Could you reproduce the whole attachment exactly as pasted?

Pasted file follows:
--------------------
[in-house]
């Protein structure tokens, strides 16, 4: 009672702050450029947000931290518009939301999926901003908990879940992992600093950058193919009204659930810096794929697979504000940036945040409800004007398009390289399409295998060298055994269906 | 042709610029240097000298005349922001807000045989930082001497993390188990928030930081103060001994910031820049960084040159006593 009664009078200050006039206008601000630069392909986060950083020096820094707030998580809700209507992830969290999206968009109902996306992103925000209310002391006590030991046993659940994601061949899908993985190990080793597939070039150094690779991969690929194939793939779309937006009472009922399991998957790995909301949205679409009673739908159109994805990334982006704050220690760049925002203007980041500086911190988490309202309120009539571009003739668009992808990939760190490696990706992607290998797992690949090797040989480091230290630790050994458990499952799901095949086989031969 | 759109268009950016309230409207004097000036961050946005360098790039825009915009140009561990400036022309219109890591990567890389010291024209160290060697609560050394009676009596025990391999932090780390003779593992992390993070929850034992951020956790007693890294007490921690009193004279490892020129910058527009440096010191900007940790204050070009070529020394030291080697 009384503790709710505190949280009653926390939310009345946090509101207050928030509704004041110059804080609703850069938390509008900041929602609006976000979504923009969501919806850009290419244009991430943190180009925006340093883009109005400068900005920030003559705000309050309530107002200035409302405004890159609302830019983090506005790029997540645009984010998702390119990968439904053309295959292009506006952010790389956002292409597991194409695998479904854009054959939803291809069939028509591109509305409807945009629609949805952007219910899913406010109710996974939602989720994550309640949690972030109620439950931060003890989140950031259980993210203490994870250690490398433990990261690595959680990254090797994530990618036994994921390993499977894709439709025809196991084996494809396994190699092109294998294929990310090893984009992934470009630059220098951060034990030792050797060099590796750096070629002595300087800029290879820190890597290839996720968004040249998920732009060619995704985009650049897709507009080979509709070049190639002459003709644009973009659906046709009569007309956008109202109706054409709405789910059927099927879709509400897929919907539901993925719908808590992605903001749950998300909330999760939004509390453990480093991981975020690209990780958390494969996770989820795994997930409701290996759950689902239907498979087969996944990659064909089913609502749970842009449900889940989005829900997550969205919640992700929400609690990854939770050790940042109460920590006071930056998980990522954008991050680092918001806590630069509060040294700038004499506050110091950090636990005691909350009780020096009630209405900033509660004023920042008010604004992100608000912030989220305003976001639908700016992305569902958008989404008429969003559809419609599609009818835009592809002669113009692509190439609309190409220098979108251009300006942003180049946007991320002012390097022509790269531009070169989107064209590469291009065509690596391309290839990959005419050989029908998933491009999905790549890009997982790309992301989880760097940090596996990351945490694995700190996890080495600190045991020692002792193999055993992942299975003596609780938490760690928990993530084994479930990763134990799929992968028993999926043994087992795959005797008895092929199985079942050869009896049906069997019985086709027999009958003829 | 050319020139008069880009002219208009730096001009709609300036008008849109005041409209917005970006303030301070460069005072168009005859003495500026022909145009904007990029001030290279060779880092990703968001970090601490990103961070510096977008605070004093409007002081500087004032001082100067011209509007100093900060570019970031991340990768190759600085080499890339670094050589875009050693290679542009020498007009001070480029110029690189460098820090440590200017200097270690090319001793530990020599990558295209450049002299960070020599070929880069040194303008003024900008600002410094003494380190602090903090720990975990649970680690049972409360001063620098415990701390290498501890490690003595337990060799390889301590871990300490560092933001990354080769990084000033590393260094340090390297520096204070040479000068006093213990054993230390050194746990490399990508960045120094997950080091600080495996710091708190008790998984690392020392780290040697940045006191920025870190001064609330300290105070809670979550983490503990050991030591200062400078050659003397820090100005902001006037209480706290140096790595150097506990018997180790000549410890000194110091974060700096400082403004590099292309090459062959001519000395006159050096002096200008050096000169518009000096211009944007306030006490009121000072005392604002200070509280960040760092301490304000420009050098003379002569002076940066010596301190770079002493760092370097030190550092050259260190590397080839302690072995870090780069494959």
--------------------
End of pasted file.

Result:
[in-house]
């Protein structure tokens, strides 16, 4: 009672702050450029947000931290518009939301999926901003908990879940992992600093950058193919009204659930810096794929697979504000940036945040409800004007398009390289399409295998060298055994269906 | 042709610029240097000298005349922001807000045989930082001497993390188990928030930081103060001994910031820049960084040159006593 009664009078200050006039206008601000630069392909986060950083020096820094707030998580809700209507992830969290999206968009109902996306992103925000209310002391006590030991046993659940994601061949899908993985190990080793597939070039150094690779991969690929194939793939779309937006009472009922399991998957790995909301949205679409009673739908159109994805990334982006704050220690760049925002203007980041500086911190988490309202309120009539571009003739668009992808990939760190490696990706992607290998797992690949090797040989480091230290630790050994458990499952799901095949086989031969 | 759109268009950016309230409207004097000036961050946005360098790039825009915009140009561990400036022309219109890591990567890389010291024209160290060697609560050394009676009596025990391999932090780390003779593992992390993070929850034992951020956790007693890294007490921690009193004279490892020129910058527009440096010191900007940790204050070009070529020394030291080697 009384503790709710505190949280009653926390939310009345946090509101207050928030509704004041110059804080609703850069938390509008900041929602609006976000979504923009969501919806850009290419244009991430943190180009925006340093883009109005400068900005920030003559705000309050309530107002200035409302405004890159609302830019983090506005790029997540645009984010998702390119990968439904053309295959292009506006952010790389956002292409597991194409695998479904854009054959939803291809069939028509591109509305409807945009629609949805952007219910899913406010109710996974939602989720994550309640949690972030109620439950931060003890989140950031259980993210203490994870250690490398433990990261690595959680990254090797994530990618036994994921390993499977894709439709025809196991084996494809396994190699092109294998294929990310090893984009992934470009630059220098951060034990030792050797060099590796750096070629002595300087800029290879820190890597290839996720968004040249998920732009060619995704985009650049897709507009080979509709070049190639002459003709644009973009659906046709009569007309956008109202109706054409709405789910059927099927879709509400897929919907539901993925719908808590992605903001749950998300909330999760939004509390453990480093991981975020690209990780958390494969996770989820795994997930409701290996759950689902239907498979087969996944990659064909089913609502749970842009449900889940989005829900997550969205919640992700929400609690990854939770050790940042109460920590006071930056998980990522954008991050680092918001806590630069509060040294700038004499506050110091950090636990005691909350009780020096009630209405900033509660004023920042008010604004992100608000912030989220305003976001639908700016992305569902958008989404008429969003559809419609599609009818835009592809002669113009692509190439609309190409220098979108251009300006942003180049946007991320002012390097022509790269531009070169989107064209590469291009065509690596391309290839990959005419050989029908998933491009999905790549890009997982790309992301989880760097940090596996990351945490694995700190996890080495600190045991020692002792193999055993992942299975003596609780938490760690928990993530084994479930990763134990799929992968028993999926043994087992795959005797008895092929199985079942050869009896049906069997019985086709027999009958003829 | 050319020139008069880009002219208009730096001009709609300036008008849109005041409209917005970006303030301070460069005072168009005859003495500026022909145009904007990029001030290279060779880092990703968001970090601490990103961070510096977008605070004093409007002081500087004032001082100067011209509007100093900060570019970031991340990768190759600085080499890339670094050589875009050693290679542009020498007009001070480029110029690189460098820090440590200017200097270690090319001793530990020599990558295209450049002299960070020599070929880069040194303008003024900008600002410094003494380190602090903090720990975990649970680690049972409360001063620098415990701390290498501890490690003595337990060799390889301590871990300490560092933001990354080769990084000033590393260094340090390297520096204070040479000068006093213990054993230390050194746990490399990508960045120094997950080091600080495996710091708190008790998984690392020392780290040697940045006191920025870190001064609330300290105070809670979550983490503990050991030591200062400078050659003397820090100005902001006037209480706290140096790595150097506990018997180790000549410890000194110091974060700096400082403004590099292309090459062959001519000395006159050096002096200008050096000169518009000096211009944007306030006490009121000072005392604002200070509280960040760092301490304000420009050098003379002569002076940066010596301190770079002493760092370097030190550092050259260190590397080839302690072995870090780069494959």